White Jade Bamboo Vase, Qing Dynasty, 18th/19th Century
Meticulously carved as a wavy bamboo shoot with concave ridges, two smaller shoots of bamboo to the left, a prunus tree to the right, and two grey mottled paradise flycatchers perched on its branches, the base with a hidden footring
height 5" — 12.6 cm.
10.9 oz. — 338 grams
Jade vases became popular during the 18th and 19th century, and the small size and design of this example suggests that it was probably used for the scholar’s desk. All elements of this vase are highly auspicious. Bamboo and prunus are part of the scholarly theme known as the “three friends of winter.” These plants remain green during the cold months and thus became an important symbol of perseverance through harsh environments. In addition, the presence of the paradise flycatcher, which in Chinese literally translates to “coloured ribbon bird”, symbolizes longevity and enduring generations. The idea of fecundity is also represented from the growth of small bamboo shoots at the side of the vase.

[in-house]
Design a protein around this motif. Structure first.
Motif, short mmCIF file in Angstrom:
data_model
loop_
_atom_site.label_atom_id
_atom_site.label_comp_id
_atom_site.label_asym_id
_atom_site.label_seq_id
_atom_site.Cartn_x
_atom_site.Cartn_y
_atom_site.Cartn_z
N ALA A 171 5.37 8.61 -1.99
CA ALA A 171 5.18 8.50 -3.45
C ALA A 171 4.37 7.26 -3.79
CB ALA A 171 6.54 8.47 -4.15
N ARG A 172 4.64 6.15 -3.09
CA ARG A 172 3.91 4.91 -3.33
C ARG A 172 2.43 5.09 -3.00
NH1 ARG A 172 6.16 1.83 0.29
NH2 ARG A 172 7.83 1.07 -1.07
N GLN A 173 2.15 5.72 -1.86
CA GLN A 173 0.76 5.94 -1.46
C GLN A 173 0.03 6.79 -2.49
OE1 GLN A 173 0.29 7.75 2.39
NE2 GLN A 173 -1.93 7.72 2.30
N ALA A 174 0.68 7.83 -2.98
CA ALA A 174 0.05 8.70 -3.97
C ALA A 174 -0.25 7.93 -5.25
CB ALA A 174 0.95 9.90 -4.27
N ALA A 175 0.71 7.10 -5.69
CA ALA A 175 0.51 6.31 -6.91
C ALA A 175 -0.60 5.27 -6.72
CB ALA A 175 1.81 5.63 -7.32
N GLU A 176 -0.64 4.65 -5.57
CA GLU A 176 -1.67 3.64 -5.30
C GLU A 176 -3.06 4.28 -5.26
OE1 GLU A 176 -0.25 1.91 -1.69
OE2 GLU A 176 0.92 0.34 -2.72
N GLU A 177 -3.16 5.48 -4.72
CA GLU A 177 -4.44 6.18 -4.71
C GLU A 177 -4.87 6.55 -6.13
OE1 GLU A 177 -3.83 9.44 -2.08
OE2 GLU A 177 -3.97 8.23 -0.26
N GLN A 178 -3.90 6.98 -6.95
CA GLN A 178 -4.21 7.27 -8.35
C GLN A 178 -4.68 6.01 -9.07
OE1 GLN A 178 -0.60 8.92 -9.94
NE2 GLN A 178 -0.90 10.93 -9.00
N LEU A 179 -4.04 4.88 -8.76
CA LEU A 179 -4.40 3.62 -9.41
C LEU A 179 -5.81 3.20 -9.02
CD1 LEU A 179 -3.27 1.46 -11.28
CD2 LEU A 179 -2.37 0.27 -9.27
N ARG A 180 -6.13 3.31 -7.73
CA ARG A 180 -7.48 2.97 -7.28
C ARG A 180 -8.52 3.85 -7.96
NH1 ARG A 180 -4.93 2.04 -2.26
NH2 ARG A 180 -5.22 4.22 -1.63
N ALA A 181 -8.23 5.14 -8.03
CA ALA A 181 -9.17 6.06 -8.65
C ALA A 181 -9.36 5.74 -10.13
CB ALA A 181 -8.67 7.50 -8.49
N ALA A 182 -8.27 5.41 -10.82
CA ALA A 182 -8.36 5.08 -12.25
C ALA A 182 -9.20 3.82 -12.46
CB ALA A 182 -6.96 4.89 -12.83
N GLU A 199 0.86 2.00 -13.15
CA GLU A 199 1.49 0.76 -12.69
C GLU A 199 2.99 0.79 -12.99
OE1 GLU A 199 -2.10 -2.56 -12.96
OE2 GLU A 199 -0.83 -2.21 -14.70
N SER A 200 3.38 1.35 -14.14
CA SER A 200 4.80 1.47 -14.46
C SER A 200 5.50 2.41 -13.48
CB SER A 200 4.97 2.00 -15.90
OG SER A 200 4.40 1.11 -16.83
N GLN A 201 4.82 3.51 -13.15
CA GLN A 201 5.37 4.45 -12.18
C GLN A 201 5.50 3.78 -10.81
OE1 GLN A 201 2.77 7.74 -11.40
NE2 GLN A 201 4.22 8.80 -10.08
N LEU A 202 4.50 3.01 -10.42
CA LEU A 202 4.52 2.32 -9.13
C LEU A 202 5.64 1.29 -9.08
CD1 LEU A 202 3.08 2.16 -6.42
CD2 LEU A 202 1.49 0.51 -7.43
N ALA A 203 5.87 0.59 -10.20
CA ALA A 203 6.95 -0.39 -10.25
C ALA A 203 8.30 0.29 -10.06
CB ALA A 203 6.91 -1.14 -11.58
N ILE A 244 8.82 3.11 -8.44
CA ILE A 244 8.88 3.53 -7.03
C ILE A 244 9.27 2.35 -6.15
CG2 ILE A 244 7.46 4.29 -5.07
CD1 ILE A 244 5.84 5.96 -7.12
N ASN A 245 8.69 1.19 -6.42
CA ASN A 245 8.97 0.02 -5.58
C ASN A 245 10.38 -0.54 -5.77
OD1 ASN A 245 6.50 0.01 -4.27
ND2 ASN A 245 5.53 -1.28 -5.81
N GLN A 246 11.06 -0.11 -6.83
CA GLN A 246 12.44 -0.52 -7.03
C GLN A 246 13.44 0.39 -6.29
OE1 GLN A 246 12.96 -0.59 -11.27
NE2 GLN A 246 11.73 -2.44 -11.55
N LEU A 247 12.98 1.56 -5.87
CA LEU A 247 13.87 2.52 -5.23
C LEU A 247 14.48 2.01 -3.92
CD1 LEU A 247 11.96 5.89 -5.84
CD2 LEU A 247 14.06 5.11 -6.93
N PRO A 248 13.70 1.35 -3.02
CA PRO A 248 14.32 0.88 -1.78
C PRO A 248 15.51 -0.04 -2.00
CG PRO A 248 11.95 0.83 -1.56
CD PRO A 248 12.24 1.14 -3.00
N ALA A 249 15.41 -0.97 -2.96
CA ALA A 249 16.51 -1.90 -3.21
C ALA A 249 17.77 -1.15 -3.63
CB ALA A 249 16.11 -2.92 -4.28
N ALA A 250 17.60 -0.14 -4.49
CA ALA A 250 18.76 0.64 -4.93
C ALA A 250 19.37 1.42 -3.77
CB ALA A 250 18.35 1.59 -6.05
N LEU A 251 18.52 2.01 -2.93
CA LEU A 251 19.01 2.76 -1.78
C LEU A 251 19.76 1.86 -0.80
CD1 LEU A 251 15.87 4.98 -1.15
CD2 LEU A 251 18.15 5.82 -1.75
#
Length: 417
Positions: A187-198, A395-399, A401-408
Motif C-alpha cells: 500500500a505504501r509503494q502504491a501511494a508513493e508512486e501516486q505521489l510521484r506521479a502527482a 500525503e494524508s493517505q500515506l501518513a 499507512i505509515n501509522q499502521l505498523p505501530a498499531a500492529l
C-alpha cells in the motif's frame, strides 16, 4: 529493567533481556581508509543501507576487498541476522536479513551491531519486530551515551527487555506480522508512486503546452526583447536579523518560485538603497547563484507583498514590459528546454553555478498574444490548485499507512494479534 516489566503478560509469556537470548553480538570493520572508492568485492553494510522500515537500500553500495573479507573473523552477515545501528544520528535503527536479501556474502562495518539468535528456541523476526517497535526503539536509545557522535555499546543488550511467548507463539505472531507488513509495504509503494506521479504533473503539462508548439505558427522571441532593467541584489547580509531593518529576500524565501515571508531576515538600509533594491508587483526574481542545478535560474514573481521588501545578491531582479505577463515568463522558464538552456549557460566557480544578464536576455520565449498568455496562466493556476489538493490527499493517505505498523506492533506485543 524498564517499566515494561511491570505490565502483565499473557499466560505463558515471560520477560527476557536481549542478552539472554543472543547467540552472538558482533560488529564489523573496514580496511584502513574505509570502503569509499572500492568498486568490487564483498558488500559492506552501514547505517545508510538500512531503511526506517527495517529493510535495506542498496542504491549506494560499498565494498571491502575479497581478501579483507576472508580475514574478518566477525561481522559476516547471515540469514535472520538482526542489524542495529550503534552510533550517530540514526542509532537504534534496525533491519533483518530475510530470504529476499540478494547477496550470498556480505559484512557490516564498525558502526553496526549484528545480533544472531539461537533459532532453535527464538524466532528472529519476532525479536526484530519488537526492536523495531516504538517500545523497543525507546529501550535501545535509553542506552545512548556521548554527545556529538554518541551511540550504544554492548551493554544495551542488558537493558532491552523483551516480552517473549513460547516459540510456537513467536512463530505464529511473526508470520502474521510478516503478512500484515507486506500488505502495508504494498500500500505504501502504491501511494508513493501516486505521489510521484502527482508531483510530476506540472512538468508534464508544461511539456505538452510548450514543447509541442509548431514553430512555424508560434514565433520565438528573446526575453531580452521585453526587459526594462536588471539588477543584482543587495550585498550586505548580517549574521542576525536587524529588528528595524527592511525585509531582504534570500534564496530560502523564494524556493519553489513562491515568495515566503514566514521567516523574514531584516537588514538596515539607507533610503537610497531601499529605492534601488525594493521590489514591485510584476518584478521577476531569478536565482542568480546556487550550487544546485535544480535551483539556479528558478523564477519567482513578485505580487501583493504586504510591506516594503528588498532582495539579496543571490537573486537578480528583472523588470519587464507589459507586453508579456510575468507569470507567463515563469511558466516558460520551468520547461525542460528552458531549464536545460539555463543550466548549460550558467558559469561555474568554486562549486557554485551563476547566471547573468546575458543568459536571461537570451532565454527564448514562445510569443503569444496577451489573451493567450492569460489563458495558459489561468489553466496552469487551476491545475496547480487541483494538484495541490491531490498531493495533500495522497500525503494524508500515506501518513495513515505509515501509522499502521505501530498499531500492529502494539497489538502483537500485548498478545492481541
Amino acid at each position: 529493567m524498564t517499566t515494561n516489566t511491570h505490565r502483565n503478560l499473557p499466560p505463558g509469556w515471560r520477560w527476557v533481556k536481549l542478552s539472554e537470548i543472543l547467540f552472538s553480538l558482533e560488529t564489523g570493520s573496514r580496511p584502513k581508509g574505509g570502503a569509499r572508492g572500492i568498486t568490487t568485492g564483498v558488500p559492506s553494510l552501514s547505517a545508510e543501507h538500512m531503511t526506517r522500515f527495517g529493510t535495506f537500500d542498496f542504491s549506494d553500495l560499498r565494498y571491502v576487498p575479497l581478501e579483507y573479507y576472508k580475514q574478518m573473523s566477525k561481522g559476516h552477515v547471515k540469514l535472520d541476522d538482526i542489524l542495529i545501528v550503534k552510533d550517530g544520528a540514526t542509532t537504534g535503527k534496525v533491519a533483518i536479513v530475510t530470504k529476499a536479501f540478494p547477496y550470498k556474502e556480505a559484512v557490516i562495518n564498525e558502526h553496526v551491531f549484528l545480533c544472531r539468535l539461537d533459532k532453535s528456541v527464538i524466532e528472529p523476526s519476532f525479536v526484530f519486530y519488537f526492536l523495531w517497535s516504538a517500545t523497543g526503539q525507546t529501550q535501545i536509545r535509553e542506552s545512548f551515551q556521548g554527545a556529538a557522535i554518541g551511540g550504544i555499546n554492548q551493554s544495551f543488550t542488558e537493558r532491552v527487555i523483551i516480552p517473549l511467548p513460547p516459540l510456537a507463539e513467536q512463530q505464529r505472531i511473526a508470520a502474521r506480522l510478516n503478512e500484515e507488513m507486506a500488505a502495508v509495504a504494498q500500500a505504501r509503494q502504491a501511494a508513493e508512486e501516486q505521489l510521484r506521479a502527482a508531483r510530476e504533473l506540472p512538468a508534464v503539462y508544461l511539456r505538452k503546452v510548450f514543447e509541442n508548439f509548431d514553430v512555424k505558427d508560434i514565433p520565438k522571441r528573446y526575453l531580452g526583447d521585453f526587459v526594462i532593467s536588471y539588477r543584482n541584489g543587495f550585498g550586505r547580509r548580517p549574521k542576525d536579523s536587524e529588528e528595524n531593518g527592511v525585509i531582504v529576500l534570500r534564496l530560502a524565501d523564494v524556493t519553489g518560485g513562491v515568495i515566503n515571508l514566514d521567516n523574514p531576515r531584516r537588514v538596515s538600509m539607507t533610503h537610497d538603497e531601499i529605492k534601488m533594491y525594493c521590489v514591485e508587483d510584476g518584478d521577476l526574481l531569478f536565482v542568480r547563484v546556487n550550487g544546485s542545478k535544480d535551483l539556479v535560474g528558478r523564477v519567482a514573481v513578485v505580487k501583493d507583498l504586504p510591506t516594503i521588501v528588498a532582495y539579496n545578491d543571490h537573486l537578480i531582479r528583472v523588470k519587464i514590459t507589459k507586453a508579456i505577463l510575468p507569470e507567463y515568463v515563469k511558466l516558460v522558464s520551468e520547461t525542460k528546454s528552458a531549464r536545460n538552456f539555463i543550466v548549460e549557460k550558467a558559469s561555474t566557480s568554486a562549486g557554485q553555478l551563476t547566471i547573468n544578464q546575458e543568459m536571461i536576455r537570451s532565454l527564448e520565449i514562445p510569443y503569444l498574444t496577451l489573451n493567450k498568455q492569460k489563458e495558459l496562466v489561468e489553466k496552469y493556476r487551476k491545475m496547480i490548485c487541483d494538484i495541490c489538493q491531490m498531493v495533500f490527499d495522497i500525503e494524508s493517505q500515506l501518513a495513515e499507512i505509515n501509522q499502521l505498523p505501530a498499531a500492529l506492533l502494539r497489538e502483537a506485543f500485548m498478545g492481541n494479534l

Please note another white jade scholar’s vase with paradise flycatcher, albeit seated on a prunus branch, illustrated in Yang Boda’s ‘Romance with Jade from the De An Tang Collection’, Beijing: Wen Wu Publishers, 2004. Another vase with a similar rendering of bamboo is illustrated in Christie’s Hong Kong ‘Important Chinese Jades from the Personal Collection of Alan and Simone Hartman Part II’, November 27, 2007, lot 1507.
Hartman Rare Art, New York
Department: Asian Art